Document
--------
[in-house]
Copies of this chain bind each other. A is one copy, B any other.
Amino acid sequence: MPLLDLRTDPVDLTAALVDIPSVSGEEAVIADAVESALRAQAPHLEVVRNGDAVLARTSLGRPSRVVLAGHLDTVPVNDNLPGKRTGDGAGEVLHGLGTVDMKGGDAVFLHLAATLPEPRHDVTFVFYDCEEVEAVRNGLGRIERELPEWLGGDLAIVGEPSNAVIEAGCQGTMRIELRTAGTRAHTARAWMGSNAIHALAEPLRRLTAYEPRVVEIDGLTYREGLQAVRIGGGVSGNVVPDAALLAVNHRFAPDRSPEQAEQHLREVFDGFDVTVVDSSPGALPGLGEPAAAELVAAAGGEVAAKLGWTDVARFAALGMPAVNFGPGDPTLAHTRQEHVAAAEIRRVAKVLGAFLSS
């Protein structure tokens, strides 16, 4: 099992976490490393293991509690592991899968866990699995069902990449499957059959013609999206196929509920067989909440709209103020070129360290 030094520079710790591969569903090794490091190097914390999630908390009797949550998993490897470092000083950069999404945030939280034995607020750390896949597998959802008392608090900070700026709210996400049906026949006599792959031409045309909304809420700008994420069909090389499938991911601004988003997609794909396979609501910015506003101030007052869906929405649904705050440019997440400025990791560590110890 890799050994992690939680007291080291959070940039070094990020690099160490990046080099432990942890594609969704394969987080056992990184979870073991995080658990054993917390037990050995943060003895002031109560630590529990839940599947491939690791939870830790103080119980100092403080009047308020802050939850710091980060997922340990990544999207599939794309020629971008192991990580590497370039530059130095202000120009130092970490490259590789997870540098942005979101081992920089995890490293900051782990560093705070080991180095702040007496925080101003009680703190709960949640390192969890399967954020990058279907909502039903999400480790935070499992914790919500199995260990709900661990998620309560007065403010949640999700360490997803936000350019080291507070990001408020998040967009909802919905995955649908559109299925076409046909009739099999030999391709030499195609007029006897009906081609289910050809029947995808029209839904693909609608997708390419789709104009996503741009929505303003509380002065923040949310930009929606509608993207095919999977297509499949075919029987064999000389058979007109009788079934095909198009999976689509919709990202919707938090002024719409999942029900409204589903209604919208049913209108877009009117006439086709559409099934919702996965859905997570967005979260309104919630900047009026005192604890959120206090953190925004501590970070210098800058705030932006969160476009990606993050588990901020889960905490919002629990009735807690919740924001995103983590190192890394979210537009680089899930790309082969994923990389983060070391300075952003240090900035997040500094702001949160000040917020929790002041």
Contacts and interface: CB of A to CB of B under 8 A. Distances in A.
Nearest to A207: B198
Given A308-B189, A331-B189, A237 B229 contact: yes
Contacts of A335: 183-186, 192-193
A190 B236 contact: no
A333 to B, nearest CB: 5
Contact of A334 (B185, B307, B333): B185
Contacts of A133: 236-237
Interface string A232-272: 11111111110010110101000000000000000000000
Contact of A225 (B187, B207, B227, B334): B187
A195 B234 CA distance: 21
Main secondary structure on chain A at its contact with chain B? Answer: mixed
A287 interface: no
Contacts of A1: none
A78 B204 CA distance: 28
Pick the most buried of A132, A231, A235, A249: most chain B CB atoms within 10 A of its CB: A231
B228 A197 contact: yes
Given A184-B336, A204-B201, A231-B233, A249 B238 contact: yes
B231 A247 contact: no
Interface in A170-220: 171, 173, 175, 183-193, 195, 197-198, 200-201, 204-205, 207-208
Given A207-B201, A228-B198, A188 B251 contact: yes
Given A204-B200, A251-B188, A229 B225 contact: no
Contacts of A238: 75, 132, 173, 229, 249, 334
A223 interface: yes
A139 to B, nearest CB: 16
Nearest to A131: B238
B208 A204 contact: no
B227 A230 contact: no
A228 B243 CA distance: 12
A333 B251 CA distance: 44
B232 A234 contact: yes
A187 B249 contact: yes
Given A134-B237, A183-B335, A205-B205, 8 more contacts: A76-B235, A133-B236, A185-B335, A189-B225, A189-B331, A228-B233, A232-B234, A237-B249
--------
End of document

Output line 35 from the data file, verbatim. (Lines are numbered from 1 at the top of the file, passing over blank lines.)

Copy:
B232 A234 contact: yes